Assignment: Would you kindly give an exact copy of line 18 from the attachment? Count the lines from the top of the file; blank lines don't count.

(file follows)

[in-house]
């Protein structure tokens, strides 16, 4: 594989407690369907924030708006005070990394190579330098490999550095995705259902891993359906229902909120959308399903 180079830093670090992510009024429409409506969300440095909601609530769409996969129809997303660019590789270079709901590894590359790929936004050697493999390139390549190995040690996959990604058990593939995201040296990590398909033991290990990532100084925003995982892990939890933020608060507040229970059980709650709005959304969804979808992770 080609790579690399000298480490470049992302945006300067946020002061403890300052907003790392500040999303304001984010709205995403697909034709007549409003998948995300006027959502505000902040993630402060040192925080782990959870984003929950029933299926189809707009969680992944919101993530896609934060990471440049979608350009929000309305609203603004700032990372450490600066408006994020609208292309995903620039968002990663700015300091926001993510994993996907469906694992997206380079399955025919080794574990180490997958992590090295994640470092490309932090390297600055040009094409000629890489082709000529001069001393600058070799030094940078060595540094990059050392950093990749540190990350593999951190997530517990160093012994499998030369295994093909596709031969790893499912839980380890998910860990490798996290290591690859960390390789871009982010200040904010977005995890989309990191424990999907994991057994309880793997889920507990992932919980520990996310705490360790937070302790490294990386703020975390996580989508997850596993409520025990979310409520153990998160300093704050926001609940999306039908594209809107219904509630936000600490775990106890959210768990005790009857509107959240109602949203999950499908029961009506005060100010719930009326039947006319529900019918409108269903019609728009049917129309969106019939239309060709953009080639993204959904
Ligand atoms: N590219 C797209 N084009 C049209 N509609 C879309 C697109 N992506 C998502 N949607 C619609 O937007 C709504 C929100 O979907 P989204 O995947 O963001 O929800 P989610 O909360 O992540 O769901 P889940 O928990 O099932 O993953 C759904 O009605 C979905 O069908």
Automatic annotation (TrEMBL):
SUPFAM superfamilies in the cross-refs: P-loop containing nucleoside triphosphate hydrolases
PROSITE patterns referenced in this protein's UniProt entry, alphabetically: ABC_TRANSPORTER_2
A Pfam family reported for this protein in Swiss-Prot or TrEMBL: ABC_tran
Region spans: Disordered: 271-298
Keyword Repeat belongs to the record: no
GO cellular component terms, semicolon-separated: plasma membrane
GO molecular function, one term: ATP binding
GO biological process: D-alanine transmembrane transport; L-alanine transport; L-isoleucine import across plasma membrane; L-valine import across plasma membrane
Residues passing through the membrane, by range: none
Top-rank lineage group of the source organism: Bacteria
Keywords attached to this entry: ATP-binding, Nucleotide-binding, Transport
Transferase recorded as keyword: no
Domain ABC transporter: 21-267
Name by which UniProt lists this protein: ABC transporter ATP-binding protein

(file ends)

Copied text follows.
Name by which UniProt lists this protein: ABC transporter ATP-binding protein